“How can we deliver a fabulous shopping experience; how do we reconfigure our service standards; how do we create opportunities in a tough business environment; and how do we sustain the brick-and-mortar model?” Post-pandemic, as retail shifts gears, these are some of the burning questions within our business and the retail industry, feels Khurshid Vakil, co-founder, Marina Home Interiors.
Understanding consumer mindset
The COVID-19 pandemic has changed the course of the furniture retail industry too.
“Like all other business categories, furniture and homeware industry also had its fair share of setback since the global pandemic started,” Vakil observes. “Apprehension, low sentiment and a sense of insecurity played a major part in customers’ holding back. That said, we are observing a gradual but consistent trend of increased footfall into our showrooms since the markets reopened. We strongly believe that as a premium home furniture brand, attracting consumers from a certain income group, we will continue to grow as we move forward.”
But, in the post-COVID-19 world, corrective measures are critical for the survival and success of any brand. Vakil agrees.
“It is vital, and in many ways critical to understand whether or in what capacity consumer habits may have changed during the lockdown period. After all, the world has survived unprecedented measures by way of strict guidelines, and rightly so, during the lockdown. As such, people may have taken a thorough look at their requirements, reflecting and introspecting about how they need to shift gears in what they want or need in the future. Our future success, as a retailer, lies in understanding all these elements to continue to provide products and services that best fit the new consumer mindset.”
Readjusting business goals
Despite the COVID-19 pandemic, Marina Home Interiors has performed decently. “Our business performance for Q1 2020 has exceeded our expectations,” says Vakil. “The COVID-19 pandemic brought about a slowdown like no other, in every industry globally; and we are no exception. Our Q2 bottom line will be greatly impacted, especially for April and May owing to temporary store closures. However, looking at the relatively higher levels of conversion and basket value during June 2020, we believe the trend will continue to rise for the remaining months of the year, but gradually.”
While Vakil is positive about a gradual recovery, Marina Home Interiors is undertaking readjustment measures to ensure business continuity. “Readjustment, in our case, requires a three-fold approach. One, there would be a remarkable change in consumer habits, their buying patterns, likes and dislikes. Under such circumstances, sustaining businesses through 2020 is a priority for all industries. Second, we must take a closer look at operational costs and how these need to be kept lean and effective. Third, we will have to constantly deliver an exceptional shopping experience through innovative products and service standards,” he explains.
For Marina Home Interiors, the pandemic has reinforced the need to adapt, while building on the brand DNA. “It is also crucial to know our customers well, to align our unique selling proposition with their needs, especially at a time when people might tend to avoid non-essential costs,” Vakil adds. “It is also important to continuously evolve and reinvent to stay relevant.”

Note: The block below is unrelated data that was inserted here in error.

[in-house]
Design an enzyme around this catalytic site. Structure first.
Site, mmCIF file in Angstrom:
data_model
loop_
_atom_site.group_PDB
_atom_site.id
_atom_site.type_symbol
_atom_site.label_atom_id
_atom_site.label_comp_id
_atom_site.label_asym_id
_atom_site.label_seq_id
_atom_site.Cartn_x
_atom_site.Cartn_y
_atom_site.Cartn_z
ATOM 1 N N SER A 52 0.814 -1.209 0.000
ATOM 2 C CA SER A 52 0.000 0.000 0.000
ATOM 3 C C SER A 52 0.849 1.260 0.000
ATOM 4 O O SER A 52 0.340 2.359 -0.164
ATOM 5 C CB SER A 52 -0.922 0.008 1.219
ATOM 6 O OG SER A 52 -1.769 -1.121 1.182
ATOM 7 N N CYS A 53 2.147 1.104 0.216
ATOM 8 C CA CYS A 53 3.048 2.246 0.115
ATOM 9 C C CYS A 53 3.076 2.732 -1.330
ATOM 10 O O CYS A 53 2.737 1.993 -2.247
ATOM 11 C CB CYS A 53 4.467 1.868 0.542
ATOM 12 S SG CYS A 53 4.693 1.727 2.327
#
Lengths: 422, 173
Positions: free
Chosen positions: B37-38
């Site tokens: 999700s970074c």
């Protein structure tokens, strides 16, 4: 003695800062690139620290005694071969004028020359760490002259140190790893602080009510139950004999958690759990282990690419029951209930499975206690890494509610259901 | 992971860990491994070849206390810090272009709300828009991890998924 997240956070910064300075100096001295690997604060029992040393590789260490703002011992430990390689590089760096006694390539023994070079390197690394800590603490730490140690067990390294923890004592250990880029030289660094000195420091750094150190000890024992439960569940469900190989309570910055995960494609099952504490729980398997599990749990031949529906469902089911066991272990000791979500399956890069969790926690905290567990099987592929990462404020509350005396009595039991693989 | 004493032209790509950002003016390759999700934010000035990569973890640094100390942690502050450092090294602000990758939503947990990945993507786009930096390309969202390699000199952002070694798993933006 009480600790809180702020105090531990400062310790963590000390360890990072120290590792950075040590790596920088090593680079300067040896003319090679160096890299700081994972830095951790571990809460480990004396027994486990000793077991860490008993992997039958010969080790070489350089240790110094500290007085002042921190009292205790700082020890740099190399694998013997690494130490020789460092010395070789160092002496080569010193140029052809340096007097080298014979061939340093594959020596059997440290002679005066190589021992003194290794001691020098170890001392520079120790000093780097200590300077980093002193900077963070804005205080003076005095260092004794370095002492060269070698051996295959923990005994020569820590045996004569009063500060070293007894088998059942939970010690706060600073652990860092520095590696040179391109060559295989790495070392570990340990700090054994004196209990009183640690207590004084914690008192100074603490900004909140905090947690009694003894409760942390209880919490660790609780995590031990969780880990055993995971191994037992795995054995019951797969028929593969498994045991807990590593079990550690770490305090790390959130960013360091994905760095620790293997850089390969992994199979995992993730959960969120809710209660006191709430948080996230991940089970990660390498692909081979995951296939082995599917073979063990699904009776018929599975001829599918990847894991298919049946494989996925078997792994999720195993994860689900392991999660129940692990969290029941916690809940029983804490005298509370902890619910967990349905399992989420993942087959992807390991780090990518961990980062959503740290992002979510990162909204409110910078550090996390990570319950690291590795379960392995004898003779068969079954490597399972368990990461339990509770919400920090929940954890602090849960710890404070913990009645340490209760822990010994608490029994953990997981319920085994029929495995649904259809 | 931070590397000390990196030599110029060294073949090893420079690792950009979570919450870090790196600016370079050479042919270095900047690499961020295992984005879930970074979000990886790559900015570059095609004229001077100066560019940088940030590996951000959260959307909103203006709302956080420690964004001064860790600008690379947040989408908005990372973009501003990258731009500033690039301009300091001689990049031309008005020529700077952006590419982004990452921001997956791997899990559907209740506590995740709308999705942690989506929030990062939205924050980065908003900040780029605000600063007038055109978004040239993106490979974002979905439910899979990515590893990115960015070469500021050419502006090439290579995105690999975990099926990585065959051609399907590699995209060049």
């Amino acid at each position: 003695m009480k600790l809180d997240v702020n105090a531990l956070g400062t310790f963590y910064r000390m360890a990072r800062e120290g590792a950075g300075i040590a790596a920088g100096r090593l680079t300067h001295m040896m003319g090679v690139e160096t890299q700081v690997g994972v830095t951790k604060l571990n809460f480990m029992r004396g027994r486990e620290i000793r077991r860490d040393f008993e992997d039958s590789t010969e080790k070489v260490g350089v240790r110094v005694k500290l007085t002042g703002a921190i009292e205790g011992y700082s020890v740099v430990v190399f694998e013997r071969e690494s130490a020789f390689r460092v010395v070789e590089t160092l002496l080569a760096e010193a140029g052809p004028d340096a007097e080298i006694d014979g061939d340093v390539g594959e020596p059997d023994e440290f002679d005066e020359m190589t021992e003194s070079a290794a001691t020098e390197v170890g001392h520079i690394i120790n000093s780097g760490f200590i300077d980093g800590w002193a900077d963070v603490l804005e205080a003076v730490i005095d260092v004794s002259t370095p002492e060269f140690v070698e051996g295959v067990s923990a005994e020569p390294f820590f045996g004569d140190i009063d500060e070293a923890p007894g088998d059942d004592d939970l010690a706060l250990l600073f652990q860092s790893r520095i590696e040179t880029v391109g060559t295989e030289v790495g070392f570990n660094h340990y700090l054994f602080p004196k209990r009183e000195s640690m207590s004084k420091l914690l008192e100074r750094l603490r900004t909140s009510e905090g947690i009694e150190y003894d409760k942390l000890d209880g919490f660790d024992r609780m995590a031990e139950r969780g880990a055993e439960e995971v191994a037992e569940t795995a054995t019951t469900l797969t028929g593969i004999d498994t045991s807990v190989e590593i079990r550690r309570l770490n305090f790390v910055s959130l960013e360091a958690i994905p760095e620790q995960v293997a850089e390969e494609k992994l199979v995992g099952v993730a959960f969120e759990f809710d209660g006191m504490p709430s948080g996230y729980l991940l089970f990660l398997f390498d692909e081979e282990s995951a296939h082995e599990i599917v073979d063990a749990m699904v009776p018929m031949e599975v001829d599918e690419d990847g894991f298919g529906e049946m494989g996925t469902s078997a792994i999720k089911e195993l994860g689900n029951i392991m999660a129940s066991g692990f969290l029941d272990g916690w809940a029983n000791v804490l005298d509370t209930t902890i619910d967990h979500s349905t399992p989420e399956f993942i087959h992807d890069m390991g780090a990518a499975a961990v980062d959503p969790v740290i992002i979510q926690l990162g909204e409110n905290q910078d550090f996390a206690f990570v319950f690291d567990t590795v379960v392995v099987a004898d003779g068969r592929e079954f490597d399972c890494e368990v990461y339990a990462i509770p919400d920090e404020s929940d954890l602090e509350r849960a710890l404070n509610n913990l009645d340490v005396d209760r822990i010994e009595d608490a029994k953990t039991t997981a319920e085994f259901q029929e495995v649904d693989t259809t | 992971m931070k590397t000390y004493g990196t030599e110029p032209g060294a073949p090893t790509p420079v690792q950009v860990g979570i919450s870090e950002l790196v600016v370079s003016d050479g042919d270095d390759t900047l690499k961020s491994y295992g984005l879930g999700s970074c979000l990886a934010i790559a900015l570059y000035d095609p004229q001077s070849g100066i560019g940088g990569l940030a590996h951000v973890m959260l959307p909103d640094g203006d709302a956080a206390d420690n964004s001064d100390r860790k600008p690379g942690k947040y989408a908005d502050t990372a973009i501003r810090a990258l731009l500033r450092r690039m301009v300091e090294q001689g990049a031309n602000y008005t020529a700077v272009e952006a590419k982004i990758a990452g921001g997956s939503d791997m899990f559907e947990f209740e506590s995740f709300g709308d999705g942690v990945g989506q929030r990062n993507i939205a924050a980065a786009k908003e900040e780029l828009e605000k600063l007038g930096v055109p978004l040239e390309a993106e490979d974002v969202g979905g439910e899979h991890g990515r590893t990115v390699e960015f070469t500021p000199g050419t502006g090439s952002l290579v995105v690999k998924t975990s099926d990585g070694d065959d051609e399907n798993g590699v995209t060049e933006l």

Vakil also stresses the importance of team building and hiring the best in the industry. “After all, your associates and co-workers are your biggest strength. They are your brand ambassadors.”
Reopening in a post-COVID world
As businesses have started reopening, retail brands are reminding shoppers of what they have missed during the lockdown, therein encouraging them to come back into the stores.
“All along with the lockdown, we continued to engage with our audience through innovative media campaigns across all platforms. We believe that there is a need for greater top of mind brand recall and a sense of loyalty while reaching out to customers in unprecedented times, especially when most brands might tend to cut their marketing budgets,” states Vakil. “Besides this, our showrooms have reopened with a fresher aesthetic appeal because of creative visual merchandising and a new range of products. Importantly, we have all the health-related safety and precautionary measures in place to ensure our customers feel safe and comfortable to linger a little longer in the stores.”
Future of retail
When asked what the future looks like for retail and Marina Home Interiors, Vakil says, “The population will continue to grow and so will the related real estate. Everyone yearns for a home and that too a beautiful one! We will strive to work towards making Marina Home Interiors the most preferred brand in the home space.”
“Seamless shopping is the future of retail. Shoppers would be looking at a fully integrated approach to a unified experience across all touchpoints with fewer or no barriers between online and physical sales,” he continues.
“While online platforms may move towards augmented reality (AR) and drone deliveries, there is no shortage of customers who would continue to enjoy experiential shopping habits, human interface, the touch and feel fulfilment and the joy of seeing and buying something as a family. In that respect, premium homeware shopping will have the edge over many other categories,” Vakil concludes.
Legal and social barriers that exist for women’s access to jobs isJanuary 18, 2021 | By Shruthi Nair
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